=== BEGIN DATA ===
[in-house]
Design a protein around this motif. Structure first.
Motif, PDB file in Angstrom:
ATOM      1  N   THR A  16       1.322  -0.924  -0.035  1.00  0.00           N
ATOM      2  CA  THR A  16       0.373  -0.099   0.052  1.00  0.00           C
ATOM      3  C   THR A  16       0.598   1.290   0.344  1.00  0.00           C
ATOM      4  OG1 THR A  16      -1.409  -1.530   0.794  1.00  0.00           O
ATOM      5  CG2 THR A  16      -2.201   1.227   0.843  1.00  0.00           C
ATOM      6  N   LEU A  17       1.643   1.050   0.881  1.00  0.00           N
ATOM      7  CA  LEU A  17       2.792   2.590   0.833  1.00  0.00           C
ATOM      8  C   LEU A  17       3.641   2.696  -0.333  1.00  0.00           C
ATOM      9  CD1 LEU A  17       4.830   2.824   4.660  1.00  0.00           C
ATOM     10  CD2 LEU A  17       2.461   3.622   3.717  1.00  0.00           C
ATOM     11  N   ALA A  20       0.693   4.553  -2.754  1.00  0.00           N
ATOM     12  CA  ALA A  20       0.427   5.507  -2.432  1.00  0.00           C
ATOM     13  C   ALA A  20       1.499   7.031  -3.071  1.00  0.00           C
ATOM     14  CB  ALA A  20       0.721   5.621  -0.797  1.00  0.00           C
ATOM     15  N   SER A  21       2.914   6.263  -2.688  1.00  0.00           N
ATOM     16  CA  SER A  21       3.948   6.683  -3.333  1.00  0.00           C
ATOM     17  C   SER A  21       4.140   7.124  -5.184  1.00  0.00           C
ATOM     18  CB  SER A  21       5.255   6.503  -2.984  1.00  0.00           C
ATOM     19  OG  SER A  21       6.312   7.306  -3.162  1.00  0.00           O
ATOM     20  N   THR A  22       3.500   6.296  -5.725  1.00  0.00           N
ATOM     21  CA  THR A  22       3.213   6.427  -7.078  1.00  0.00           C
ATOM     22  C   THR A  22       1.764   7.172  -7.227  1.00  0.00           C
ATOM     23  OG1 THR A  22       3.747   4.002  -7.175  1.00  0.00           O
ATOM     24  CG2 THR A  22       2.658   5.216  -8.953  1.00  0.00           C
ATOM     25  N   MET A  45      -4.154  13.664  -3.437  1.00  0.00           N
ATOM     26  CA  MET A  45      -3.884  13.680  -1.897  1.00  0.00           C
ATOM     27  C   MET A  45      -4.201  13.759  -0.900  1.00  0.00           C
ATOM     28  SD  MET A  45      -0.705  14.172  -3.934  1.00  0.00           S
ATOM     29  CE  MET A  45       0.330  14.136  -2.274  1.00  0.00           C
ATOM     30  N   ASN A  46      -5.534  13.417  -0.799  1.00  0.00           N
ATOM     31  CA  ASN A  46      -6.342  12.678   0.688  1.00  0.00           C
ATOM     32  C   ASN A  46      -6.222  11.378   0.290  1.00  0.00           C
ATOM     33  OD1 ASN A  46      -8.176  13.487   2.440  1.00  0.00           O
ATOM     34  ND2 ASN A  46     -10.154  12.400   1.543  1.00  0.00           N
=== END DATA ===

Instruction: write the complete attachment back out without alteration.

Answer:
[in-house]
Design a protein around this motif. Structure first.
Motif, PDB file in Angstrom:
ATOM      1  N   THR A  16       1.322  -0.924  -0.035  1.00  0.00           N
ATOM      2  CA  THR A  16       0.373  -0.099   0.052  1.00  0.00           C
ATOM      3  C   THR A  16       0.598   1.290   0.344  1.00  0.00           C
ATOM      4  OG1 THR A  16      -1.409  -1.530   0.794  1.00  0.00           O
ATOM      5  CG2 THR A  16      -2.201   1.227   0.843  1.00  0.00           C
ATOM      6  N   LEU A  17       1.643   1.050   0.881  1.00  0.00           N
ATOM      7  CA  LEU A  17       2.792   2.590   0.833  1.00  0.00           C
ATOM      8  C   LEU A  17       3.641   2.696  -0.333  1.00  0.00           C
ATOM      9  CD1 LEU A  17       4.830   2.824   4.660  1.00  0.00           C
ATOM     10  CD2 LEU A  17       2.461   3.622   3.717  1.00  0.00           C
ATOM     11  N   ALA A  20       0.693   4.553  -2.754  1.00  0.00           N
ATOM     12  CA  ALA A  20       0.427   5.507  -2.432  1.00  0.00           C
ATOM     13  C   ALA A  20       1.499   7.031  -3.071  1.00  0.00           C
ATOM     14  CB  ALA A  20       0.721   5.621  -0.797  1.00  0.00           C
ATOM     15  N   SER A  21       2.914   6.263  -2.688  1.00  0.00           N
ATOM     16  CA  SER A  21       3.948   6.683  -3.333  1.00  0.00           C
ATOM     17  C   SER A  21       4.140   7.124  -5.184  1.00  0.00           C
ATOM     18  CB  SER A  21       5.255   6.503  -2.984  1.00  0.00           C
ATOM     19  OG  SER A  21       6.312   7.306  -3.162  1.00  0.00           O
ATOM     20  N   THR A  22       3.500   6.296  -5.725  1.00  0.00           N
ATOM     21  CA  THR A  22       3.213   6.427  -7.078  1.00  0.00           C
ATOM     22  C   THR A  22       1.764   7.172  -7.227  1.00  0.00           C
ATOM     23  OG1 THR A  22       3.747   4.002  -7.175  1.00  0.00           O
ATOM     24  CG2 THR A  22       2.658   5.216  -8.953  1.00  0.00           C
ATOM     25  N   MET A  45      -4.154  13.664  -3.437  1.00  0.00           N
ATOM     26  CA  MET A  45      -3.884  13.680  -1.897  1.00  0.00           C
ATOM     27  C   MET A  45      -4.201  13.759  -0.900  1.00  0.00           C
ATOM     28  SD  MET A  45      -0.705  14.172  -3.934  1.00  0.00           S
ATOM     29  CE  MET A  45       0.330  14.136  -2.274  1.00  0.00           C
ATOM     30  N   ASN A  46      -5.534  13.417  -0.799  1.00  0.00           N
ATOM     31  CA  ASN A  46      -6.342  12.678   0.688  1.00  0.00           C
ATOM     32  C   ASN A  46      -6.222  11.378   0.290  1.00  0.00           C
ATOM     33  OD1 ASN A  46      -8.176  13.487   2.440  1.00  0.00           O
ATOM     34  ND2 ASN A  46     -10.154  12.400   1.543  1.00  0.00           N